Key Resources, Key Activities and Costs (Part 1)
Pulled from a Venture School Lean LaunchPad Lecture, this article sheds some light on common mistakes, or “landmines,” around accessing key resources, activities and costs. The Lean Business Canvas looks at both the revenue and expense side of the startup. The goal is to
generate substantially more revenue than expenses. To attract talent, capital (grants, debt or equity)
people have to believe there is a growth opportunity that will deliver profits with appropriate execution.
Revenue Growth Projections ≠ Marketing Investment ≠ Staffing Plans.
A common mistake in assembling the pro forma financials is to project sales growth, without matching changes in logically connected variable expenses, especially marketing investments and staffing plans necessary to make and support the sale. Get this wrong and investors will conclude you can’t make these numbers come true. All of the building blocks of the Lean Business Canvas fit together. If you understand how the
market works you should understand what key resources it will take and what those key resources cost
to deliver on a unique value proposition to a target customer. Sales don’t happen by magic. You have to fund the process or system of sales.
High Fixed Costs for Activity vs. Variable Costs for Results.
Investors strongly prefer to pay high commissions for results (a variable cost tied to actual sales volume) over paying high fixed costs. The
rewards for owners or creators are at the end of the rainbow and not the start. Compensation should
be built on results not time or effort. This means low or no salaries until there is revenue to support it.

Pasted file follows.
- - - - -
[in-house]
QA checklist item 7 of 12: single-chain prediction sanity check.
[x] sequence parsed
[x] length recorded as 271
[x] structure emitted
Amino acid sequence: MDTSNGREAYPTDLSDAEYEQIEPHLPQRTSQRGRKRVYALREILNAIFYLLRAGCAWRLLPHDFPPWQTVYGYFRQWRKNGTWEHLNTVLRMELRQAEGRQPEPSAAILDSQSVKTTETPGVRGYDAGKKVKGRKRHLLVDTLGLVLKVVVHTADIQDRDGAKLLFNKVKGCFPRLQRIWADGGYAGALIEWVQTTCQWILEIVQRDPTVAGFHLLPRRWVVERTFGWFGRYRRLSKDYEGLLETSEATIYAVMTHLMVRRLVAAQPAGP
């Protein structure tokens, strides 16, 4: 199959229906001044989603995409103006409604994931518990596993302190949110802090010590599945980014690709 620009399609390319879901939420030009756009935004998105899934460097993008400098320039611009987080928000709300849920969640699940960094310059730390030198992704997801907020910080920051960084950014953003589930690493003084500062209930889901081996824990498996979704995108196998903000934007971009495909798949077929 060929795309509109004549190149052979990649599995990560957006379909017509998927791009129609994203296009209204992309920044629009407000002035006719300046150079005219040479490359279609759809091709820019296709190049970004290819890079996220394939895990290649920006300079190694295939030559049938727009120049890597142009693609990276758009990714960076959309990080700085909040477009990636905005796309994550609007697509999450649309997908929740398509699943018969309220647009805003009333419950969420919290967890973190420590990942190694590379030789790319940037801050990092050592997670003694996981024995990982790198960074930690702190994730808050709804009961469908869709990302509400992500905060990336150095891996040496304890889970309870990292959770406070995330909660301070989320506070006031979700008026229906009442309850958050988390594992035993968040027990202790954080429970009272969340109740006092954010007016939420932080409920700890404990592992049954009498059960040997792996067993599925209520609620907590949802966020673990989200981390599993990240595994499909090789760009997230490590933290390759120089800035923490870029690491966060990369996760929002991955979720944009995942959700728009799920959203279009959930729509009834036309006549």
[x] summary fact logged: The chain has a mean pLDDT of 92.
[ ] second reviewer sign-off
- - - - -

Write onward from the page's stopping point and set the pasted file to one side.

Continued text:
The marketing/sales director often makes more money in an entrepreneurial venture than the CEO or
owner, especially during the ramp up phase. Investors want you motivated and your interests aligned
with theirs. High salaries for early-stage founders are frowned on as founders taking money off the table
when other investors can’t.
Hitting a sales goal six months or a year late substantially and adversely changes the they could have earned by investing the same money in alternative investment options. Returning the
money late reduces the value of the investment.
Employee or Independent Contractor.
You can save money by contracting out some work, but be sure you know the difference between an independent contractor and an employee. If you pay someone as an independent contractor and it is later determined by the IRS that they were in fact an employee, the tax penalties can hurt. You also have less control over the “how work is performed” of an independent contractor. You have to be very specific about outcomes with independent contractors.
Daniel Pitts Winegarden, JD, Director Business Incubation and Acceleration Services John Pappajohn Entrepreneurial Center/ North Iowa Business Accelerator